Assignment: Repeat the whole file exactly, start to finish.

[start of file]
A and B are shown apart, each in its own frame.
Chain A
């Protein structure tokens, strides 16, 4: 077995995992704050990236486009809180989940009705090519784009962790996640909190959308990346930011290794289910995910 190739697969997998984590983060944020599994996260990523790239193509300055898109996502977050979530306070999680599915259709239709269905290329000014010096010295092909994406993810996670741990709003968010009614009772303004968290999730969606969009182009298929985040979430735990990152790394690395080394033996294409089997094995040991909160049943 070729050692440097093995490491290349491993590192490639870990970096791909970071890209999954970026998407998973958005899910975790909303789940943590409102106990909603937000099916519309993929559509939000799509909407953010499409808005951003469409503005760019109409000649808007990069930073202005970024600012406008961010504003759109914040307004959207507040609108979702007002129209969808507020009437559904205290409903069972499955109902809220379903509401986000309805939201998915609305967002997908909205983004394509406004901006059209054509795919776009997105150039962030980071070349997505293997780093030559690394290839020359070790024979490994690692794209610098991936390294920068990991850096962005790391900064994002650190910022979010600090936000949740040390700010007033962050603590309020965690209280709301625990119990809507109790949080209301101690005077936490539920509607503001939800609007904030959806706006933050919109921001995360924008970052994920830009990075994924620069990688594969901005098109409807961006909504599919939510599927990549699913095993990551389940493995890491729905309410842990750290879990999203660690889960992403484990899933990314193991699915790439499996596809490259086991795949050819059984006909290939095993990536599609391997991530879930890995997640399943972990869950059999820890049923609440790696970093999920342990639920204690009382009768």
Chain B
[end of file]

A and B are shown apart, each in its own frame.
Chain A
């Protein structure tokens, strides 16, 4: 077995995992704050990236486009809180989940009705090519784009962790996640909190959308990346930011290794289910995910 190739697969997998984590983060944020599994996260990523790239193509300055898109996502977050979530306070999680599915259709239709269905290329000014010096010295092909994406993810996670741990709003968010009614009772303004968290999730969606969009182009298929985040979430735990990152790394690395080394033996294409089997094995040991909160049943 070729050692440097093995490491290349491993590192490639870990970096791909970071890209999954970026998407998973958005899910975790909303789940943590409102106990909603937000099916519309993929559509939000799509909407953010499409808005951003469409503005760019109409000649808007990069930073202005970024600012406008961010504003759109914040307004959207507040609108979702007002129209969808507020009437559904205290409903069972499955109902809220379903509401986000309805939201998915609305967002997908909205983004394509406004901006059209054509795919776009997105150039962030980071070349997505293997780093030559690394290839020359070790024979490994690692794209610098991936390294920068990991850096962005790391900064994002650190910022979010600090936000949740040390700010007033962050603590309020965690209280709301625990119990809507109790949080209301101690005077936490539920509607503001939800609007904030959806706006933050919109921001995360924008970052994920830009990075994924620069990688594969901005098109409807961006909504599919939510599927990549699913095993990551389940493995890491729905309410842990750290879990999203660690889960992403484990899933990314193991699915790439499996596809490259086991795949050819059984006909290939095993990536599609391997991530879930890995997640399943972990869950059999820890049923609440790696970093999920342990639920204690009382009768």
Chain B